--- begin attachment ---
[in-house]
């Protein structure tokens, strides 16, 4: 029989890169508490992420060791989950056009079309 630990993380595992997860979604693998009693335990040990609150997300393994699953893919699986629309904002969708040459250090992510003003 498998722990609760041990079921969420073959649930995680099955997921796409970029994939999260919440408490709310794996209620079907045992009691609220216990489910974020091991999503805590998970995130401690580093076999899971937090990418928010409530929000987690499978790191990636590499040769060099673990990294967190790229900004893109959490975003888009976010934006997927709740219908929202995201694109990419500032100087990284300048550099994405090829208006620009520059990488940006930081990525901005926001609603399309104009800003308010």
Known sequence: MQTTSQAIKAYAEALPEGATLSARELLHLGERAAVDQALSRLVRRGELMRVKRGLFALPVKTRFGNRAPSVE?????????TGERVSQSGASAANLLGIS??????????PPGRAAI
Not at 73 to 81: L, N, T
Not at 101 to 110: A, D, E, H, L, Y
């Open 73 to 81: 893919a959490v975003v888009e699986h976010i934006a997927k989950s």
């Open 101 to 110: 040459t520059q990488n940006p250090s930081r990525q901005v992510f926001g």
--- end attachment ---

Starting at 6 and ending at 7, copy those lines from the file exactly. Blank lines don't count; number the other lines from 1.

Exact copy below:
């Open 73 to 81: 893919a959490v975003v888009e699986h976010i934006a997927k989950s």
């Open 101 to 110: 040459t520059q990488n940006p250090s930081r990525q901005v992510f926001g």